Xinjiang BBQ (Lamb)

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I’ve seen recipes for this online and they’re all wrong!

Here is the “secret” way of making this, passed down from my father-in-law, who was raised in Xinjiang – the man is a master at this dish and has taught me what to do, now, lucky world, I’m releasing it.


You first have to start with the right meat, and that is lamb shoulder. It must be lamb, ie, sheep not older than 1 year. It also should most certainly be shoulder – leg is not as good, but you can choose to use it – you won’t fail as such, but it will be inferior to shoulder, and there is no need to use inferior meet; the shoulder is readily available.

The shoulder needs to be deboned, and the meat cut up into chunks of optimal size. If they are too big, they’ll take longer to cook and won’t be as nice, and harder to chew. If they are too small, they’ll be dry and the whole thing will get too crispy. See my photos for a guide on size.

The skewers need to be metal. Metal conducts head and aids in cooking the most internal parts of the meat. Wooden skewers will insulate somewhat. Yes, they’re less likely to burn you, but be careful and use metal skewers – the thick flat variety is best.

The spices and salt are added to water (a spiced brine), and then the water is massaged into the meat – this is something you won’t read about in the fake recipes. More details later.

The meat should marinate for 3 days. I often make a large batch and start cooking on day 1, more on day 2, and finish the meat on day 3 with noticeable improvements in flavour and tenderness after each day. If you keep it for over 3 days in the fridge, there is a risk it will spoil.

The BBQ needs to be a charcoal grill, but you’ll get 80% of the benefit if you cook over a gas BBQ and it’s easier – it’s cheating and I often do it, accepting the trade-off (flavour vs time saved).

Eat right off the skewer, immediately off the BBQ. I like to stand there and eat and cook. I put the skewer back on a warm part of the grill between bites.

The meat

Use lamb shoulder

  • 1.2kg – 1.8kg (bone-in weight), typically, smaller is tastier as the lamb is likely to be younger.
  • Lamb is a sheep 1-year-old or younger; mutton is older and not as delicious.
  • Regulations, where I live, are allowing butchers to label sheep older than 1 year as “lamb”. Buying smaller shoulders helps reduce the chance of buying lamb-labelled mutton.
1.25kg lamb shoulder with bone-in
bone removed and meat diced

With the leftover bone and attached meat, I boil it in water for over an hour to make stock for other dishes later. I strain the liquid into a bowl and refrigerate, and with the bone, I just salt it and gnaw at it (I don’t have a dog):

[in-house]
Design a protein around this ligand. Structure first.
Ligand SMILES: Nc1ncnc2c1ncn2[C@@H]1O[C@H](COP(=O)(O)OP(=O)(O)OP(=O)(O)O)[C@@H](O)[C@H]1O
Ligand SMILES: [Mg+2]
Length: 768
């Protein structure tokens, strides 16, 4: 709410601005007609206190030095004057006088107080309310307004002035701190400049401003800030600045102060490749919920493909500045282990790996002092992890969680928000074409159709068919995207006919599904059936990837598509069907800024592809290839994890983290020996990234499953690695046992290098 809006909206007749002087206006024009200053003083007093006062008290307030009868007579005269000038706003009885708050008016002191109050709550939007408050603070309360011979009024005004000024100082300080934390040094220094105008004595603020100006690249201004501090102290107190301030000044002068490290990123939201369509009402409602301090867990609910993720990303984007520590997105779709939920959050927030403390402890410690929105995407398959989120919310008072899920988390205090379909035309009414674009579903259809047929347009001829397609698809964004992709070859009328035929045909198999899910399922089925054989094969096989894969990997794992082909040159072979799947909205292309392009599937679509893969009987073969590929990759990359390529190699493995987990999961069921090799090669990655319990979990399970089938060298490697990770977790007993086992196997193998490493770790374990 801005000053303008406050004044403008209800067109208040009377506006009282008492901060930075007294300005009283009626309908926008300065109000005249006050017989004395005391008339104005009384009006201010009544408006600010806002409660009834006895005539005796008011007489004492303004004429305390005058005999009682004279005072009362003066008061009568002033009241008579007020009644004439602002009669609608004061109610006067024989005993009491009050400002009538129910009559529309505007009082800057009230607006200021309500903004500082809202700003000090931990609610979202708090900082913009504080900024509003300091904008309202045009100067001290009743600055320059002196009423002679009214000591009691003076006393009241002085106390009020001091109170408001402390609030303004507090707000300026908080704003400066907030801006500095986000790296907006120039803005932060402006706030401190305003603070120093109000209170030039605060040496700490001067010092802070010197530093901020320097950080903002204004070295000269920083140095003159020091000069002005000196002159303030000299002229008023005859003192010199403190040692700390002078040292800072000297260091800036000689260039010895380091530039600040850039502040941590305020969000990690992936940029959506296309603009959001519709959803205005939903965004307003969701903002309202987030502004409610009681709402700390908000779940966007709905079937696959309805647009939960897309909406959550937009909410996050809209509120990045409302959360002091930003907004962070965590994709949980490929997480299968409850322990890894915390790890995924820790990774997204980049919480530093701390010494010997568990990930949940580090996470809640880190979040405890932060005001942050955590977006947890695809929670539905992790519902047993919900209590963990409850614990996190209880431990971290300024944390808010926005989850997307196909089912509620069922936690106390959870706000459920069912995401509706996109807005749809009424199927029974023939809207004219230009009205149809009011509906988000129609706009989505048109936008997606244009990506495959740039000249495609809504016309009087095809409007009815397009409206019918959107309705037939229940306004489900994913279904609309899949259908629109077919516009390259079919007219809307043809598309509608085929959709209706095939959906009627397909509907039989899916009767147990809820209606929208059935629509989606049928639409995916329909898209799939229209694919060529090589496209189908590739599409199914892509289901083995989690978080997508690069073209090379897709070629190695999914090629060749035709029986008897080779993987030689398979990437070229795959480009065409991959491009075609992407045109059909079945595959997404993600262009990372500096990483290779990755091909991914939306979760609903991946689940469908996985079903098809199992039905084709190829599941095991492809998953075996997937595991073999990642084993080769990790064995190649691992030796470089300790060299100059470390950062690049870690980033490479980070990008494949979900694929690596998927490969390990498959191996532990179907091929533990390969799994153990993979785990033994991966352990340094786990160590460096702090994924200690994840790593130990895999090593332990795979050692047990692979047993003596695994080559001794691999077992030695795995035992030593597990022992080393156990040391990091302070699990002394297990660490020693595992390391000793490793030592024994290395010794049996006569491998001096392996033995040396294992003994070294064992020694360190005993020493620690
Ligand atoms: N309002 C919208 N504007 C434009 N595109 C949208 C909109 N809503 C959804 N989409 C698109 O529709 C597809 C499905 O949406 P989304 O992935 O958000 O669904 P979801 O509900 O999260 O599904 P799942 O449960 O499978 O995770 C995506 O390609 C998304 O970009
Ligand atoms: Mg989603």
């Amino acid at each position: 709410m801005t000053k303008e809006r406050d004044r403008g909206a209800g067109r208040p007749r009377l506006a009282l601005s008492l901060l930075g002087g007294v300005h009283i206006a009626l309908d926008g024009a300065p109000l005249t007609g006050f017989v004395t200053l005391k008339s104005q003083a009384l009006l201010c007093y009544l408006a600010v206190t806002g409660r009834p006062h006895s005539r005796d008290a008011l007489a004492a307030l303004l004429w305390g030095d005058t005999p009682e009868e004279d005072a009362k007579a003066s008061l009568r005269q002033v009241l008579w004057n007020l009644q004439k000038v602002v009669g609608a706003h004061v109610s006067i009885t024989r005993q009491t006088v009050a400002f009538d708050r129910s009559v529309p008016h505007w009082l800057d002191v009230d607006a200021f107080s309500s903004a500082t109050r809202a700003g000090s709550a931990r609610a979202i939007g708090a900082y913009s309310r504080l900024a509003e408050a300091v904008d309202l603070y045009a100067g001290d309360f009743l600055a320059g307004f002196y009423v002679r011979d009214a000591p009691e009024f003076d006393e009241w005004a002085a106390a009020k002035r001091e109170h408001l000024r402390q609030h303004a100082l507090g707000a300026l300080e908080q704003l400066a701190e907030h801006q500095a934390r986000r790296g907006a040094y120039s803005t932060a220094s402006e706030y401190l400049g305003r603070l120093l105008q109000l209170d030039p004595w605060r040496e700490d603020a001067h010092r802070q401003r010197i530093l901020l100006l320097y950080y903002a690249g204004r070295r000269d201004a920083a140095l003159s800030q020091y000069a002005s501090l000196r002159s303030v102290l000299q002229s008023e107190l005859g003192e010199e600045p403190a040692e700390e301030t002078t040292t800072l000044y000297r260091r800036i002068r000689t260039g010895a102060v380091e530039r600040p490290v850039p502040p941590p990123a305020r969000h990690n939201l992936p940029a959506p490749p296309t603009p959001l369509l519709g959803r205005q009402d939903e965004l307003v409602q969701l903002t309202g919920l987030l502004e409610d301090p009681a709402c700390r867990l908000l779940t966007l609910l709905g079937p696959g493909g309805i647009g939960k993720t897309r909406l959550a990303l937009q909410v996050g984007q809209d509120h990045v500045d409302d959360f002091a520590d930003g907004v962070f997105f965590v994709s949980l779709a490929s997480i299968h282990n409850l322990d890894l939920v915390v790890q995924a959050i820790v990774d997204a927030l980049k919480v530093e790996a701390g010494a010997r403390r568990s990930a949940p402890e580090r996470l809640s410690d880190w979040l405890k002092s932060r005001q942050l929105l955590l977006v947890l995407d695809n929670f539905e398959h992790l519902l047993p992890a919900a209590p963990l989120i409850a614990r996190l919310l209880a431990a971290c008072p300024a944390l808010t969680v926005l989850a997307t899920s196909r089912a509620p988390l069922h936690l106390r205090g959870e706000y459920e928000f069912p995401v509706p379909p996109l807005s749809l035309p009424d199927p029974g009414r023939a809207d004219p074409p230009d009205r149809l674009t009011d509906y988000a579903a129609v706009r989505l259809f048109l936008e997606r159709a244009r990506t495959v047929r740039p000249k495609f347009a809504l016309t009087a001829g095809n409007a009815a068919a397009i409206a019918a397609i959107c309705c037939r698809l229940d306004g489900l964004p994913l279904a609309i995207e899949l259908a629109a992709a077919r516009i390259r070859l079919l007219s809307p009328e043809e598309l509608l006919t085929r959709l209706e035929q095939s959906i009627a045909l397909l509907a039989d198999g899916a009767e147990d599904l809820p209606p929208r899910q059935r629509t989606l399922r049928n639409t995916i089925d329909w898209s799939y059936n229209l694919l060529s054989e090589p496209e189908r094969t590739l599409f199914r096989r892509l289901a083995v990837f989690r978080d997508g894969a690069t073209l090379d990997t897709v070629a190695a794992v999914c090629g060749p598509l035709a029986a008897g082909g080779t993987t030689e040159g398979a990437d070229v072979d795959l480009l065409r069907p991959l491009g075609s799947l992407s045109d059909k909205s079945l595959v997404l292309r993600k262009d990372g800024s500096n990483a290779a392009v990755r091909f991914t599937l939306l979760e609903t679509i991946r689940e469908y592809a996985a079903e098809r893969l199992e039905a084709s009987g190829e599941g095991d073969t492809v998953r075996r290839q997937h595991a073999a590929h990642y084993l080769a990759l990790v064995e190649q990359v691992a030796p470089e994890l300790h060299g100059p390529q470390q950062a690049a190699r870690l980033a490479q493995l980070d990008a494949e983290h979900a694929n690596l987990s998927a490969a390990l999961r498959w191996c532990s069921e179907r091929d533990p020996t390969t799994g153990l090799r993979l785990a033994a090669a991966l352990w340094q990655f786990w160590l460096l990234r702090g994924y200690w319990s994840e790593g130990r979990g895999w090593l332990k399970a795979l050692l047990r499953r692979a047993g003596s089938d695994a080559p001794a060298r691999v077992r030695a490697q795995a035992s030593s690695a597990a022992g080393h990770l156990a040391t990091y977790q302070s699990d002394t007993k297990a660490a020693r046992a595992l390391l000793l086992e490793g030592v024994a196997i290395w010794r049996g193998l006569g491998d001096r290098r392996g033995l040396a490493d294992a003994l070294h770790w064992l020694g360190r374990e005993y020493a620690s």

Keep the meet in a food-safe tub/bowl. Make sure it is large. Here I have about 1kg of diced meat:

Just over 1kg meat dissected from a 1.25kg shoulder

For the Brine

20% water (Take the weight of the diced meat and multiply by 0.2 to get the quantity of water you need).

Put the water in a bowl and add the spices (see below), then whisk.

For meat around 1kg use the quantities of the following spices (adjust as needed) – note the quantities of spices don’t need to be very precise, so I have not used weight quantities:

1/2 tsp Sichuan pepper (if you can’t find this, leave it out)

Whole Sichuan pepper on the left, which I grind up (right)

1/2 tsp white pepper

2 tsp salt

1.5 Chinese teaspoon cumin (heaped)

Ideally, get whole cumin seeds and grind them yourself the day you will use some. The flavour of ground cumin deteriorates over time.
This is the first heaped Chinese teaspoon of cumin (you need a total of 1.5)

1.5 Chinese teaspoon cornstarch (heaped)

Mix brine into the meat

Add the spiced brine to the container of meat, and mix/massage it in a bit at a time. By the time you have added in all the brine, it should be all absorbed and water should not pool at the bottom of the container. It could take 10 minutes. The longer you mix and massage, the theory is, the more tender it will be. I don’t know, it could be true.

Then slice 1 big onion (or 2 small), and add to the container of meat.

Demonstrating the type of slice to make

Then add one egg

Then mix it all in, and refrigerate.


As I said earlier, the best day to BBQ is the third day of marination. Also, a charcoal BBQ is best, and a gas BBQ is inferior but acceptable. Please excuse my gas BBQ photo.

Skewer the pieces of meat the day you want to cook them – it’s very hard storing long skewers of meat in the fridge (while keeping them covered).

When you’re skewering, do your best to maximise the amount of meat that is being pierced.

If you use a gas BBQ as I show here, make sure you preheat it very well. It needs to cook at very high heat.

As you cook, sprinkle with salt, cumin, and chilli flakes (adjust the spiciness as you desire).

Gas BBQ – the inferior, yet acceptable way

The “correct” way with charcoal:

The final result should be like this…

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